If the AR advises in a way that is contrary to the rules in Cobs, the principal will still be responsible to the client for the AR’s breaches of the rules, even if the AR agreement specifically requires the AR to follow the rules – as is usually the case.

The very purpose of imposing responsibility on the principal is to make sure they are treated as if they had acted in breach of the rules, as well as the AR. Thus, the judge had no trouble in deciding  a clause in the AR agreement, which had the effect of requiring Investuk to act in a certain way, could not affect or limit the statutory duty on Anglo-Sino to take responsibility for the failures of Investuk in doing a proper job for the clients. The judge was plainly right.

Of course, it is usual for AR agreements to contain an indemnity by which the AR indemnifies the principal. This covers all amounts which the principal might be liable to pay to clients of the AR if the principal were required to take responsibility for the faults of the AR. But that does not limit the principal’s liability to the client.

Peter Hamilton is a barrister specialising in financial services at 4 Pump Court and co-founder of moneymatterslegal.co.uk 

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Comments

There are 5 comments at the moment, we would love to hear your opinion too.

  1. Apart from the final paragraph I’ve been saying this for…er…decades. One more case to sort out the premise that an indemnity clause allows recovery in all situations.

    • Pretty much common sense and not surpirsing the judge foudn in that way as it sound very similar to agency law which I suspect that aprt of FSMA was based on. Pitty FSMA dropped the bity of common law we all tyhink should have been left in, i.e. the 15 year longstop.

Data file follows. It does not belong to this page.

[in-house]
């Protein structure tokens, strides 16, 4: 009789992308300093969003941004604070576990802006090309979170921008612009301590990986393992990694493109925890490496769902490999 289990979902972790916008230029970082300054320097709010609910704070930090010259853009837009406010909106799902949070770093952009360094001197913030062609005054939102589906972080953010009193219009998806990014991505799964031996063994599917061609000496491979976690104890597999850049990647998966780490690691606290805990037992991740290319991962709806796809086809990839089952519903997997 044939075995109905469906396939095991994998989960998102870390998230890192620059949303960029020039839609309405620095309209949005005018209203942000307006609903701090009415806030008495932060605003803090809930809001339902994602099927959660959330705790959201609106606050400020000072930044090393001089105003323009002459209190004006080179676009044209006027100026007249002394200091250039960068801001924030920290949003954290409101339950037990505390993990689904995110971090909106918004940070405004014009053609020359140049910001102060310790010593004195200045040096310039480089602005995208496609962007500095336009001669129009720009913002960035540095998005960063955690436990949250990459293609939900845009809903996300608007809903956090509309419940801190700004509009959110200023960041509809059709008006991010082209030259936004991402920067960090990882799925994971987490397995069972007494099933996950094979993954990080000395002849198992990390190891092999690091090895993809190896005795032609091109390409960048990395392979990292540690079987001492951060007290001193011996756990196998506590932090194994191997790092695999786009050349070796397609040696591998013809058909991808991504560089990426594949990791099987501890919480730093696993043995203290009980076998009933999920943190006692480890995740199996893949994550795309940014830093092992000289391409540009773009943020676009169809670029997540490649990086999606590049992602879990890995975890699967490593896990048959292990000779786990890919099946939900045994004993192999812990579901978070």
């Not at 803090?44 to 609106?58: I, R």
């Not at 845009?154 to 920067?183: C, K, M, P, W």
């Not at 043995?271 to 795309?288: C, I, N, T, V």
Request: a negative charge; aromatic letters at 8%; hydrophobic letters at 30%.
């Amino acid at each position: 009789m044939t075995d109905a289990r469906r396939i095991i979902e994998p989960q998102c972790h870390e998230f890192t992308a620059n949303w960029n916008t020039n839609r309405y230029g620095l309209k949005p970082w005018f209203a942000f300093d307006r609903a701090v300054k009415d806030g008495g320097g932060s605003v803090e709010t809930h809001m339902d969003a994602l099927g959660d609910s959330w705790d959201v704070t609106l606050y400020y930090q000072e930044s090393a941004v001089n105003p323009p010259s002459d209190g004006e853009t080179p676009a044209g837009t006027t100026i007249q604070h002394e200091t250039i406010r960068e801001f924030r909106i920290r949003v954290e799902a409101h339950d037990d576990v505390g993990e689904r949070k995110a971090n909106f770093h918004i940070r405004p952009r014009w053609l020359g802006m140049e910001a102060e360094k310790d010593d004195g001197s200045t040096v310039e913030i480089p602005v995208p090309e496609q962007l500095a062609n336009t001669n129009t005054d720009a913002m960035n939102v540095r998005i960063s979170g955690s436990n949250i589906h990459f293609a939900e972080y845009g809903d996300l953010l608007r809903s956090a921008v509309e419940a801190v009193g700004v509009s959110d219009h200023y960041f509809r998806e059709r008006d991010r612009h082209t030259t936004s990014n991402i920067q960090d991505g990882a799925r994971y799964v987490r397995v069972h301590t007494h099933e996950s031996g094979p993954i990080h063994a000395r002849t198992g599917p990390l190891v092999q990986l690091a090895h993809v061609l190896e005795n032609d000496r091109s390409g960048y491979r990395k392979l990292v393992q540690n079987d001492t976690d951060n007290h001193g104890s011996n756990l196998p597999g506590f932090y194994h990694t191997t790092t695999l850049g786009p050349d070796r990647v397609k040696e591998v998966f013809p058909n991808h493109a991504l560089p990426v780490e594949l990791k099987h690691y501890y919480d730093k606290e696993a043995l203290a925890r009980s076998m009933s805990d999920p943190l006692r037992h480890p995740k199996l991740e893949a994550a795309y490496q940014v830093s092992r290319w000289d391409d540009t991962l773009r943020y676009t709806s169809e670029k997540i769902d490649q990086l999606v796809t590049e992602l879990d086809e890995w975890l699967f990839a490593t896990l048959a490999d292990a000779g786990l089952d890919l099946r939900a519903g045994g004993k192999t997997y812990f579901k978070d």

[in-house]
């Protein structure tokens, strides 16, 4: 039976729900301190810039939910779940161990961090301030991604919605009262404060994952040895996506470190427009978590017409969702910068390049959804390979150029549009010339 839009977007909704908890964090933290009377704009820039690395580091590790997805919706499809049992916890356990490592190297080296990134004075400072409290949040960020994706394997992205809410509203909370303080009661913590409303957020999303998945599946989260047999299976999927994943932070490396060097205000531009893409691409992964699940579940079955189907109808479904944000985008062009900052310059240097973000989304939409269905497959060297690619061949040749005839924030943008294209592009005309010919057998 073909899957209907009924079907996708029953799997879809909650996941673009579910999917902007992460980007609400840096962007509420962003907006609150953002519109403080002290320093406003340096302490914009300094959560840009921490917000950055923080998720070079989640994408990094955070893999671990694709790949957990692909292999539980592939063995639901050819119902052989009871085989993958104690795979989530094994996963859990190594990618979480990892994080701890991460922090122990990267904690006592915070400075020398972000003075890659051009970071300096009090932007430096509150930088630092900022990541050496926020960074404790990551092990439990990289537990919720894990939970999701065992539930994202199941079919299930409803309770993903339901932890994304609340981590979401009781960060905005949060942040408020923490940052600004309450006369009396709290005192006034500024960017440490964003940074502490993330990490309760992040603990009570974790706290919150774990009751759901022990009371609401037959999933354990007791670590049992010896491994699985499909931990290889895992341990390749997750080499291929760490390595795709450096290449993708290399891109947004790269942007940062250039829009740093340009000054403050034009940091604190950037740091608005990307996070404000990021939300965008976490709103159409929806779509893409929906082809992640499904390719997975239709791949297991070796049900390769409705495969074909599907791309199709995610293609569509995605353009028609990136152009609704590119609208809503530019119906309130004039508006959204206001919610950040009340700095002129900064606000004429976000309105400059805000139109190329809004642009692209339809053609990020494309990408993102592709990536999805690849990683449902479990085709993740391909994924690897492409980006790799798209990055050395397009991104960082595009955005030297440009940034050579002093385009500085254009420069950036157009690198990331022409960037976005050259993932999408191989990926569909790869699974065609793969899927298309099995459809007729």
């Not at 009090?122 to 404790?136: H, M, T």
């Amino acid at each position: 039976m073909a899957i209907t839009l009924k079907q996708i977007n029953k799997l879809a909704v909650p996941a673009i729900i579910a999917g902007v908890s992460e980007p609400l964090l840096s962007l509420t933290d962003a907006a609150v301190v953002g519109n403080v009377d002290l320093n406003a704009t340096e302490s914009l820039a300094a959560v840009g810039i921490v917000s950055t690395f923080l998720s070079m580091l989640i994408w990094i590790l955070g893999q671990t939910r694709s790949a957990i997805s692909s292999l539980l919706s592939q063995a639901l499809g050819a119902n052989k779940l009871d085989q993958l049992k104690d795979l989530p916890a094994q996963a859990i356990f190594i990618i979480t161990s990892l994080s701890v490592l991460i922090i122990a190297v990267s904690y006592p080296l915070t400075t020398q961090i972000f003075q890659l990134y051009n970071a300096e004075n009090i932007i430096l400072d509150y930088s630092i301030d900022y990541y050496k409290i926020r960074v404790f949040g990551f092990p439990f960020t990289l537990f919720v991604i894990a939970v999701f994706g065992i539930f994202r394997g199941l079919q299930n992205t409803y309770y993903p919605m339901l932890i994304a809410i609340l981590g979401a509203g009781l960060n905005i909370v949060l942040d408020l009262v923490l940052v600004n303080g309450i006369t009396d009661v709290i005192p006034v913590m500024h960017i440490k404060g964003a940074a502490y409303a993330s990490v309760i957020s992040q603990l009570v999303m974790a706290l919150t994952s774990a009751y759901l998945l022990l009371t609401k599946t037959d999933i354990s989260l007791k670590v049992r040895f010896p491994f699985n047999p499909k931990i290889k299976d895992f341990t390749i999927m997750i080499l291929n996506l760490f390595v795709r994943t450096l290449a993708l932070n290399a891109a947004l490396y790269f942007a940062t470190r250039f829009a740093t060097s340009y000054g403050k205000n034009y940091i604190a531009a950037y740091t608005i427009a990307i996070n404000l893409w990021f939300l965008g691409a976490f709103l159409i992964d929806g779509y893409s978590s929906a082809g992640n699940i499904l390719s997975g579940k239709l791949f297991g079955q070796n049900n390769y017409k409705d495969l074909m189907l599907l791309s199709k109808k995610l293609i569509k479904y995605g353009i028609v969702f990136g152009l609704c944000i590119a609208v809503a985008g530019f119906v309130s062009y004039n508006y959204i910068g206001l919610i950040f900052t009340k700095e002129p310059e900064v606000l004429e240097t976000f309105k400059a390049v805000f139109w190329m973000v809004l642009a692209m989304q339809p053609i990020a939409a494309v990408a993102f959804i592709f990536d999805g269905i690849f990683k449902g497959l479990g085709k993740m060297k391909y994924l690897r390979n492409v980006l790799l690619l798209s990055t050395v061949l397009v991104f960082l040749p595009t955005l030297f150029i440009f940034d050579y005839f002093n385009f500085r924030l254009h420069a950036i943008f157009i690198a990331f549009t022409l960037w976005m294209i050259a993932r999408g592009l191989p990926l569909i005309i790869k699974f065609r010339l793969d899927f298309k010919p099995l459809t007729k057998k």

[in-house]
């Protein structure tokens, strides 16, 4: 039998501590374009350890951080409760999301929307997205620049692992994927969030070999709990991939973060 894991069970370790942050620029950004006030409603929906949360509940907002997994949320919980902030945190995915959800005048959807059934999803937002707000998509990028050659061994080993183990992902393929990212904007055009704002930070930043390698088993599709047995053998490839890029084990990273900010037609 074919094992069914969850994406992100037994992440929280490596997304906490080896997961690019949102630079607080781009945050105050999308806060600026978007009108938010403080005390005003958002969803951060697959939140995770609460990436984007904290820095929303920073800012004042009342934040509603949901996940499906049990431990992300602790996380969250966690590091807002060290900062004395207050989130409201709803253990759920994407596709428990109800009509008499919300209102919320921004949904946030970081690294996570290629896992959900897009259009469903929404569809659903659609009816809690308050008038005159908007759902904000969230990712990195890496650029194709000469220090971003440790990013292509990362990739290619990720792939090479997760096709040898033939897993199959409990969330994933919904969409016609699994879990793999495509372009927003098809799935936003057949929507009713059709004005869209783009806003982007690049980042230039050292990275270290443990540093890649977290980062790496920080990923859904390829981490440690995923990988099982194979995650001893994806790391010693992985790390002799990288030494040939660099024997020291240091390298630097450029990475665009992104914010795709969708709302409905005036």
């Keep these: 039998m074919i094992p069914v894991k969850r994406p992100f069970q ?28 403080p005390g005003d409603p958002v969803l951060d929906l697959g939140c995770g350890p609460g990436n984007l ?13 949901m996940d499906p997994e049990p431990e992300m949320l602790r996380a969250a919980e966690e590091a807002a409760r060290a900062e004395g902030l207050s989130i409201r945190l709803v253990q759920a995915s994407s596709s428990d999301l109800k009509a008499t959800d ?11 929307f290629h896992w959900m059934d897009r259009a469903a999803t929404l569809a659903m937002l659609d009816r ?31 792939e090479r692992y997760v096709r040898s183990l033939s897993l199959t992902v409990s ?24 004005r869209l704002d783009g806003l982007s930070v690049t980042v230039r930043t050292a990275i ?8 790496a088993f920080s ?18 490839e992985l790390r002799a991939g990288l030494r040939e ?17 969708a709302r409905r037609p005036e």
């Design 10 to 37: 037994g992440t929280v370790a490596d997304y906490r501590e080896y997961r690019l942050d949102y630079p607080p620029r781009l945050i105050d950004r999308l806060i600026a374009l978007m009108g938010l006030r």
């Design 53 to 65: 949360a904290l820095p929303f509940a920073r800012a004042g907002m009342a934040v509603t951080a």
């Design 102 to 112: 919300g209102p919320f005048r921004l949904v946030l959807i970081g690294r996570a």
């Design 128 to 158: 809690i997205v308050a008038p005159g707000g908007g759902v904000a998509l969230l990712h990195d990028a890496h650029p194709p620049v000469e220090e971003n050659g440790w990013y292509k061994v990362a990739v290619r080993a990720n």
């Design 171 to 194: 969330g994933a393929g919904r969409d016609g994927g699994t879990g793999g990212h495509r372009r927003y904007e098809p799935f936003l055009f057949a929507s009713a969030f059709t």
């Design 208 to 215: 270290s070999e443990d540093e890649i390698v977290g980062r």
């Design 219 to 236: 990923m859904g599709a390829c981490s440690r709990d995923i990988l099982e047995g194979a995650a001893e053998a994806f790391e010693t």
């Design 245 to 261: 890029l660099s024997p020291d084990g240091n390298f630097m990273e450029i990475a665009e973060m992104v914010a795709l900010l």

2. With all due respect Mr Hamilton, this a very roundabout, albeit learned, way of saying what is self-evident and what we already know.

    A network (for example) is responsible for the outcome/s of ALL financial advice given by its ARs. It cannot simply wash its hands of responsibility for activities that fall outside those laid down in its AR agreements, as Sesame recently tried and failed to do. Were it able to do so, its AR’s would be free, effectively, to ignore the network’s product panels and documented advice standards. The network could just shrug its shoulders and say: Oh well, on your head be it, there’ll be no comeback on us if it all goes wrong. That would be a recipe for a partial return to the pre-regulation Wild West. Crazy even to think that the powers that be would allow that to happen.

  3. The only true way for a Network to act is 100% File checking Prior to the Advice being given, Anything else is simply neglect and retention of joint earnings and tantamount to Retrospective (Partial) Compliance and endeavouring to deflect accountability for the sake of profit. As a Principal I sign Off “All” applications Prior to submission to the providers, if I am going to be responsible for any Complaint, I can not bleat about it or pass the buck when it comes to Regulatory Accountability

  4. These issues come under the Law of Agency – where the Principal is wholly responsible for their agent. Often ignored in the Endowments scandals and Pensions selling scandals – where each representative ( appointed or Tied) has been largely ignored in Law for whatever reason. The abuse of investment rates (to fiddle endowment returns, by reducing premiums is scandalous). These were set by Ins companies – willing to allow their agents to mislead, fiddle and decive clients. The Regualtor is an Agent of the GOvernment. Put simply the Principal is wholly responsible for their Agents – and no amount of meddling and fudging should be accepted by regualtors or Ins Co’s or Banks. These financial institutions are guilty of deceit, at best and may be fraud – against their cusotomers and clients and the Directors should be dealt with under Law, and prison.